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mgbinspect

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mgbinspect last won the day on January 4 2018

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About mgbinspect

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  • Birthday 09/27/1951

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  1. I had not given that a thought, but I'm certain you are right.
  2. Recently, I was contacted by a fellow local home inspector regarding a mishap that caused significant structural damage to a solid masonry Episcopalian church in Powhatan, Virginia. The elbow joint of a bucket lift struck the side of the building and punched the masonry inward several inches sending cracks outward and upward throughout that side of the building. They wanted me to look at the damage and tell them how best to make repairs. Upon arriving, I surveyed the damage. The brickwork was punched in about two to three inches on the outside surface, but the inside wythes bulged in exponentially more as would be expected due to rotation. This inward rotation lifted up the masonry above the point of impact which caused diagonal stair-stepped cracks to radiate outward from that point. The plaster was severely cracked and had popped off in several locations. No doubt the initial impact pushed the wall in even more, but when the outside force was removed the masonry settled back down some. My first thought was to remove bricks from the center of the point of impact and hope that as this was progressively done the brickwork might close back up to leave a small repair. But, as I mulled things over in my head I concluded that, because this was lime mortar and the separation between brick and mortar was so clean, the brickwork should return to its original position with the right pressure. Exerting force to the wall from the inside or outside was out of the question because lateral force might compound the structural damage. It needed a force that would not exert lateral force to the building. I finally recommended drilling holes through the wall and drawing lumber plates together with threaded rods, washers and nuts to press the masonry back together in a vice like fashion. This approach was considered by a local licensed structural engineer who agreed that it was worth a try. I spoke with that engineer later the same day, and we agreed that we did not expect this to be 100% successful but 85% would be enough to point up re-apply plaster and go on with life. I did not hear from anyone for three weeks, so I called the fellow home inspector a couple of days ago to see how things were going. He informed me that the repairs had just been completed that same day and that it worked beautifully. All of the cracks closed up completely and the wall was straight and plumb. He sent pictures and the only disappointment I experienced was that the mortar used to point up the masonry was cementicious. But the exterior of the building was painted and the inside plastered. And the point up work was very cosmetic, so I'm thankful that everything went back together so nicely. In retrospect, I suspect that this approach might not have been the first thought to a modern masonry or general contractor, but it probably would have been for a mason back when the building was constructed. Now autogenous healing will hopefully knit things completely back together over time.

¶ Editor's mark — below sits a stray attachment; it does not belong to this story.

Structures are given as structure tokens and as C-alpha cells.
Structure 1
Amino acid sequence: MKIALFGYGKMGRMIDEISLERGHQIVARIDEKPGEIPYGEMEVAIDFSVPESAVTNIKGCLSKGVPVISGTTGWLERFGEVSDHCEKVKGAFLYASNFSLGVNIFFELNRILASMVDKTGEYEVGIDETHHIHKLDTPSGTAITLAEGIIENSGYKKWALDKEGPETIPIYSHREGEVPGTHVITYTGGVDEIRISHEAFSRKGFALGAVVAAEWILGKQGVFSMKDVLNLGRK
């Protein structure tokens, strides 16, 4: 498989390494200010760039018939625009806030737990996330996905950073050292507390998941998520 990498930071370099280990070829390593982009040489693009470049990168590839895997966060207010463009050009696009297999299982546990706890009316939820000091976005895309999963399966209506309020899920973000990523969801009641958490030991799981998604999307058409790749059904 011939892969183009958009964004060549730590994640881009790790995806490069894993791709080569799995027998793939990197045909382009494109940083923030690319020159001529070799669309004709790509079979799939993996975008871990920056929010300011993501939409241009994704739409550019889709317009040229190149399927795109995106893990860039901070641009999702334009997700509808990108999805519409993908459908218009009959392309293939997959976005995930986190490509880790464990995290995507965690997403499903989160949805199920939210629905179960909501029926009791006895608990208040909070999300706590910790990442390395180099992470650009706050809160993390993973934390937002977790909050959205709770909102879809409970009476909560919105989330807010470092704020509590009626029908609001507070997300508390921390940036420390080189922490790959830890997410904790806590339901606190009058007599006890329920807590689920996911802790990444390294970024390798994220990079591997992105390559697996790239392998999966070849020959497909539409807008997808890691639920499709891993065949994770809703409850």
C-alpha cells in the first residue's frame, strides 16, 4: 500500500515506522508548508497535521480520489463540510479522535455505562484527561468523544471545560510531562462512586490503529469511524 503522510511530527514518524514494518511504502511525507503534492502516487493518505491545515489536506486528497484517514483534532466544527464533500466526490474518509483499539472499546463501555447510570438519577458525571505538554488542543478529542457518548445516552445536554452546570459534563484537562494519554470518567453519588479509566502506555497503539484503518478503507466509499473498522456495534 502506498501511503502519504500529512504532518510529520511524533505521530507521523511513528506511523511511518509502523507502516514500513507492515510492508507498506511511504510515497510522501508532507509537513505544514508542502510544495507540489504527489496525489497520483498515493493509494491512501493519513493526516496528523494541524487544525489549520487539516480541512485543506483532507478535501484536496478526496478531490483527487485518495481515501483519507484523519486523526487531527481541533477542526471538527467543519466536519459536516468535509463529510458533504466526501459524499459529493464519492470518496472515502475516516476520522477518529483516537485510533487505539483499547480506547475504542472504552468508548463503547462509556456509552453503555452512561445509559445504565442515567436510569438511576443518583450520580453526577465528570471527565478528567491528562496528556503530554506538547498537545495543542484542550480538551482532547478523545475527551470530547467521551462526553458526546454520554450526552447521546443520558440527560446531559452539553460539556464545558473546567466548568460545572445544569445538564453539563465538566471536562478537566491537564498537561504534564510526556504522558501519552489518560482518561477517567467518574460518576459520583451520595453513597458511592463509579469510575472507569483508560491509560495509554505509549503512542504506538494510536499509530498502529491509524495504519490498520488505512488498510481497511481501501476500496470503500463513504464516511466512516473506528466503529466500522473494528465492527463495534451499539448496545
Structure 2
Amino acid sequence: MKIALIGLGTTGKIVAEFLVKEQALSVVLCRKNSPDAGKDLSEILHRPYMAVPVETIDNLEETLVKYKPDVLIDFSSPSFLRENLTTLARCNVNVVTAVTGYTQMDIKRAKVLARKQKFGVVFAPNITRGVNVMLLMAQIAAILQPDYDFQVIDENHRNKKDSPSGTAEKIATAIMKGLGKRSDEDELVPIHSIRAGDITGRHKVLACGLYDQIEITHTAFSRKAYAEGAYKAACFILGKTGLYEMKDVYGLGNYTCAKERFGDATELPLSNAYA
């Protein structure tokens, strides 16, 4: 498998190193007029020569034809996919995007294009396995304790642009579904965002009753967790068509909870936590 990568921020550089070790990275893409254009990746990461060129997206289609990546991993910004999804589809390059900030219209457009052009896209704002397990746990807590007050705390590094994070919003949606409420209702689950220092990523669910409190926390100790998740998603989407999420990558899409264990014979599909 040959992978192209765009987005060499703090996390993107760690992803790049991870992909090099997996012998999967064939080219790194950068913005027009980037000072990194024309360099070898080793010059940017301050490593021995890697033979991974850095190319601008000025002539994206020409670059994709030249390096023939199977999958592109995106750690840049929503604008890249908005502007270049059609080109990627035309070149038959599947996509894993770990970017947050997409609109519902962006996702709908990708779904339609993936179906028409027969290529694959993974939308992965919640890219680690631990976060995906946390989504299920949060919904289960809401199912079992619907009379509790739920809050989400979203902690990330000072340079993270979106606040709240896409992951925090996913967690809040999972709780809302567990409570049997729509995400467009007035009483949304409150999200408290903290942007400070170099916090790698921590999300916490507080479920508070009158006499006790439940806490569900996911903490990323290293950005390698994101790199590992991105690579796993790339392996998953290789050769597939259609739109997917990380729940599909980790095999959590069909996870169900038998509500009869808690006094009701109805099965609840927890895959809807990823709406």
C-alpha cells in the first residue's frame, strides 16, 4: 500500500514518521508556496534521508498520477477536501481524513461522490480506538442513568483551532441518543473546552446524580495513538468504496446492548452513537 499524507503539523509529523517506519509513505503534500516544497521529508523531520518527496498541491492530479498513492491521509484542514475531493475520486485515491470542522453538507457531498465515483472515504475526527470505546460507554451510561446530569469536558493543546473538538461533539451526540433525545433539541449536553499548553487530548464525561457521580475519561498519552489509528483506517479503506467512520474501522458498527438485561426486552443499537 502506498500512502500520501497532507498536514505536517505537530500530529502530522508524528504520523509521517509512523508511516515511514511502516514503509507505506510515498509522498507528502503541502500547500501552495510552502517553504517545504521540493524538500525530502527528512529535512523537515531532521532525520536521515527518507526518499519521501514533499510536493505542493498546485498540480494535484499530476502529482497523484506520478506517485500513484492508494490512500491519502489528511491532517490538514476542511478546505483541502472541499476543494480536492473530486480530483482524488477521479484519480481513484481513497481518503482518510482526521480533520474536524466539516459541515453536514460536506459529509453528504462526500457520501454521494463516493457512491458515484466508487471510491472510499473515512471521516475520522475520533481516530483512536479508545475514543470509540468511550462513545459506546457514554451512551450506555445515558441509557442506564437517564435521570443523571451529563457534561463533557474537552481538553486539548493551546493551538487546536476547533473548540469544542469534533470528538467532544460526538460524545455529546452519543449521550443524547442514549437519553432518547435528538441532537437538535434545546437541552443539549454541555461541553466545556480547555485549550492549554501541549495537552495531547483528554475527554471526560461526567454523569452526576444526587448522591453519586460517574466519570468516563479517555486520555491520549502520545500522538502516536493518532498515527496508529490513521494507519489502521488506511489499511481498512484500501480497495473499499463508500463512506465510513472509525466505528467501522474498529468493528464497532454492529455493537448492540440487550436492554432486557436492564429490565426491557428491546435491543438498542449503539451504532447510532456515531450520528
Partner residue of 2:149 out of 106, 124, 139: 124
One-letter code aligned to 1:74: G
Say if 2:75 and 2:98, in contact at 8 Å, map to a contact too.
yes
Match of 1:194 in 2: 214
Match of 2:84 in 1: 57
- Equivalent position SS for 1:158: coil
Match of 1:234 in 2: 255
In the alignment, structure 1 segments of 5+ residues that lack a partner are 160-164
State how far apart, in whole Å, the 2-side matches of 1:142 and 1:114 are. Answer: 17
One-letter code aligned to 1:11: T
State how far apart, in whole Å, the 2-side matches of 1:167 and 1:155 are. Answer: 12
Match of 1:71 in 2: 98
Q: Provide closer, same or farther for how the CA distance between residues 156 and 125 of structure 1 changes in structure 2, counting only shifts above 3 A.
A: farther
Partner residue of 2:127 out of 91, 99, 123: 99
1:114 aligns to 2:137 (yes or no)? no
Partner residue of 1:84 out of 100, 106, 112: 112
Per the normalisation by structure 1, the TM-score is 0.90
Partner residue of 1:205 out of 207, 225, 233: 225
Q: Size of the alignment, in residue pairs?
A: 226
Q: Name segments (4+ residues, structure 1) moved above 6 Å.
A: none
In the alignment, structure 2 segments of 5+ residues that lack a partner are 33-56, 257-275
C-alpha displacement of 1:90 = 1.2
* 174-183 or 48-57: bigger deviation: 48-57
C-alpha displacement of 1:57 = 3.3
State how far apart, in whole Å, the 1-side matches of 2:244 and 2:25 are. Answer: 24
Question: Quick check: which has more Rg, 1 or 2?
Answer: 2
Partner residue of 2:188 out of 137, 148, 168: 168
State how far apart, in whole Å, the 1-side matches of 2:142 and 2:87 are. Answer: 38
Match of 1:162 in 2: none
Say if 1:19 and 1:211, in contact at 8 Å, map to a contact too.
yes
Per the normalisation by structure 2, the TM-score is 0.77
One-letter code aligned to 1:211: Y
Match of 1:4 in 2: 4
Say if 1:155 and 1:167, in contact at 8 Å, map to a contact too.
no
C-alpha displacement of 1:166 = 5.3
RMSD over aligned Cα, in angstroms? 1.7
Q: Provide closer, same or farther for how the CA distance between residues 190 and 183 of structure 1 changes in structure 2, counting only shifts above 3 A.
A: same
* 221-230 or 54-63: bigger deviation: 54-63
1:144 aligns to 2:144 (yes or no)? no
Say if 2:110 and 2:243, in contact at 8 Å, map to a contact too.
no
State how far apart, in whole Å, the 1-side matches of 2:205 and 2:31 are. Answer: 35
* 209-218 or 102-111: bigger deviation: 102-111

3. Well, that's a shame. He sure kept things lively around here. Of course, I've been out of the loop for several years myself. The last I knew of Kurt's activities was when he went to China.
  4. Me either, which is why this was a curveball.
  5. What is Kurt up to these days? I don't see much activity from him here. It looks like his business is perhaps still up and running. He used to be so active here...
  6. I deduced that was probably the case as well. It was just a first for me, so I thought I'd bounce it off all you braniacs. Thanks for the input.
  7. Thanks Marc! I don't see this configuration in there, so I'll call it out as needing further evaluation. Have a great day!
  8. Back to the subject - has anyone run across this? I think it's panelized construction.
  9. (I was trying to put that together in my head as well...)
  10. Hey Tom! I reached in to determine if any of the members were taller. They were not.
  11. Yesterday, during a pre-drywall new construction inspection, I noticed that the framed window opening headers were 2 x 4's instead of 2 x 6's or 2 x 8's. The wall thickness is six inches, so there are three 2 x 4's in each header. Since this is the first time I've seen this, I wonder if any of my fellow home inspectors have run across this and found it to be an approved practice? Thanks in advance for any input.
  12. I got it, and thought it was pretty funny. But then, I just read a related recent comment,of Jim's regarding Facebook in another thread.
  13. I appreciate that, Jim! Yes, Facebook definitely has far more negative aspects than positive ones. Best wishes.
  14. I'd be interested in this as well. Please keep me in the loop.
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